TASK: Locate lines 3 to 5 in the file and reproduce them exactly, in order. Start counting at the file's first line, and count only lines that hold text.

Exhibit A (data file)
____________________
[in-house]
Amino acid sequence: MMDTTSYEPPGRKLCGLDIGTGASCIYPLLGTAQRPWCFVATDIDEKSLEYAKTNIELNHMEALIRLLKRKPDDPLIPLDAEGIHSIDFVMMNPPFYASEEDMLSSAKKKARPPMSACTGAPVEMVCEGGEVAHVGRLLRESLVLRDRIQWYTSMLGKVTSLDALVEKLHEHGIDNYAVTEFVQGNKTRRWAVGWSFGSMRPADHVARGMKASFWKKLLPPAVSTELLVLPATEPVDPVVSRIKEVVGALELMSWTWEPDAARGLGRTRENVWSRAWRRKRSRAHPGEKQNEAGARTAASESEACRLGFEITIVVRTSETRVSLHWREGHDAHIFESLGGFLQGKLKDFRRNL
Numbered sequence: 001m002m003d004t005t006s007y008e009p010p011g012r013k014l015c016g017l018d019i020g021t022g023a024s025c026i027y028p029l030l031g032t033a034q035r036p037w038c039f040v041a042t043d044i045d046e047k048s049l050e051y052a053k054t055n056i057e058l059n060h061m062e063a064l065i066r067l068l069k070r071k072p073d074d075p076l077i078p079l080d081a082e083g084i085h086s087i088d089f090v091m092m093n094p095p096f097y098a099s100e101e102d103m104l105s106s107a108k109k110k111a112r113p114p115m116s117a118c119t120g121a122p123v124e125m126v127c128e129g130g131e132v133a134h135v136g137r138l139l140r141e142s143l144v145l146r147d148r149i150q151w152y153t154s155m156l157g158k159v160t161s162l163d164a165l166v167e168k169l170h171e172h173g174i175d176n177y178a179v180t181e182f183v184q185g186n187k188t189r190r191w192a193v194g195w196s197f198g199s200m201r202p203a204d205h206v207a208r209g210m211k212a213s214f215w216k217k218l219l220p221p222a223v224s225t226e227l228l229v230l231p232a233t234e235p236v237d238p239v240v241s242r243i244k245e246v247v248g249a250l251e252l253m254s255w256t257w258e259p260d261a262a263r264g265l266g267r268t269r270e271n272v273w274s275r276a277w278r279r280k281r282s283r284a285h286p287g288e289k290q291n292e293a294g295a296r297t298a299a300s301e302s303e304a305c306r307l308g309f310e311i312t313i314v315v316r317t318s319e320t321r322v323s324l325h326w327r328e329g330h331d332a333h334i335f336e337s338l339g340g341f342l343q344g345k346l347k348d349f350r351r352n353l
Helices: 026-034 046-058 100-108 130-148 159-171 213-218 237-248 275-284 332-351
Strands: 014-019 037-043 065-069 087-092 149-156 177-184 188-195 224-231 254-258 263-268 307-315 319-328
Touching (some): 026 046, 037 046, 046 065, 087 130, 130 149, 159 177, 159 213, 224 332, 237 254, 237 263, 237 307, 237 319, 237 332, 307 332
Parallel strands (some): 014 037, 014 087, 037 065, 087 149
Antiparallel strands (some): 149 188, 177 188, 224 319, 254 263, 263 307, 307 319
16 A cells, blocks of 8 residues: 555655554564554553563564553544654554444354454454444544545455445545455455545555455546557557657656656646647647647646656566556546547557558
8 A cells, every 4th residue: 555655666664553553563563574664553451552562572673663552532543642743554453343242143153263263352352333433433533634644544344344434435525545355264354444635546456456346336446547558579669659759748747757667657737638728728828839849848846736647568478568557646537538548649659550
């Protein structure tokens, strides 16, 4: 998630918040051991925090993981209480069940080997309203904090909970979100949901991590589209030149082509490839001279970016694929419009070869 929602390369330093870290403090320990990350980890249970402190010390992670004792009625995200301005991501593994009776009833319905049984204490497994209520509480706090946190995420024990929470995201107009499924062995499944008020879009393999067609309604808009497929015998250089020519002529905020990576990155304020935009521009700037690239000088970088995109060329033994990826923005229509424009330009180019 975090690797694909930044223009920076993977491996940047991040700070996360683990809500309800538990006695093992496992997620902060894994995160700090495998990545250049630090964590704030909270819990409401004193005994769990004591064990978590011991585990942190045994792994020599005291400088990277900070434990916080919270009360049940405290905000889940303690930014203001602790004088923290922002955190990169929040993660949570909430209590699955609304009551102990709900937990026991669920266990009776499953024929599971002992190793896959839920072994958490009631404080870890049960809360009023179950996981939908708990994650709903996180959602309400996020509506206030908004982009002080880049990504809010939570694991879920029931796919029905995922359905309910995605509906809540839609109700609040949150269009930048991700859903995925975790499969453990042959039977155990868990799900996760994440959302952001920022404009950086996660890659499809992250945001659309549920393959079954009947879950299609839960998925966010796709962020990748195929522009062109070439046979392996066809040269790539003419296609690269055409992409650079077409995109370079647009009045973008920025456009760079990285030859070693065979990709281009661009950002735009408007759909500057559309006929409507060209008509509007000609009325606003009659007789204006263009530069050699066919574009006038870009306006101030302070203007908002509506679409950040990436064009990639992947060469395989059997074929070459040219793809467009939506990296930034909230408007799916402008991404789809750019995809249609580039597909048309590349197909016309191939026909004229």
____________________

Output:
Numbered sequence: 001m002m003d004t005t006s007y008e009p010p011g012r013k014l015c016g017l018d019i020g021t022g023a024s025c026i027y028p029l030l031g032t033a034q035r036p037w038c039f040v041a042t043d044i045d046e047k048s049l050e051y052a053k054t055n056i057e058l059n060h061m062e063a064l065i066r067l068l069k070r071k072p073d074d075p076l077i078p079l080d081a082e083g084i085h086s087i088d089f090v091m092m093n094p095p096f097y098a099s100e101e102d103m104l105s106s107a108k109k110k111a112r113p114p115m116s117a118c119t120g121a122p123v124e125m126v127c128e129g130g131e132v133a134h135v136g137r138l139l140r141e142s143l144v145l146r147d148r149i150q151w152y153t154s155m156l157g158k159v160t161s162l163d164a165l166v167e168k169l170h171e172h173g174i175d176n177y178a179v180t181e182f183v184q185g186n187k188t189r190r191w192a193v194g195w196s197f198g199s200m201r202p203a204d205h206v207a208r209g210m211k212a213s214f215w216k217k218l219l220p221p222a223v224s225t226e227l228l229v230l231p232a233t234e235p236v237d238p239v240v241s242r243i244k245e246v247v248g249a250l251e252l253m254s255w256t257w258e259p260d261a262a263r264g265l266g267r268t269r270e271n272v273w274s275r276a277w278r279r280k281r282s283r284a285h286p287g288e289k290q291n292e293a294g295a296r297t298a299a300s301e302s303e304a305c306r307l308g309f310e311i312t313i314v315v316r317t318s319e320t321r322v323s324l325h326w327r328e329g330h331d332a333h334i335f336e337s338l339g340g341f342l343q344g345k346l347k348d349f350r351r352n353l
Helices: 026-034 046-058 100-108 130-148 159-171 213-218 237-248 275-284 332-351
Strands: 014-019 037-043 065-069 087-092 149-156 177-184 188-195 224-231 254-258 263-268 307-315 319-328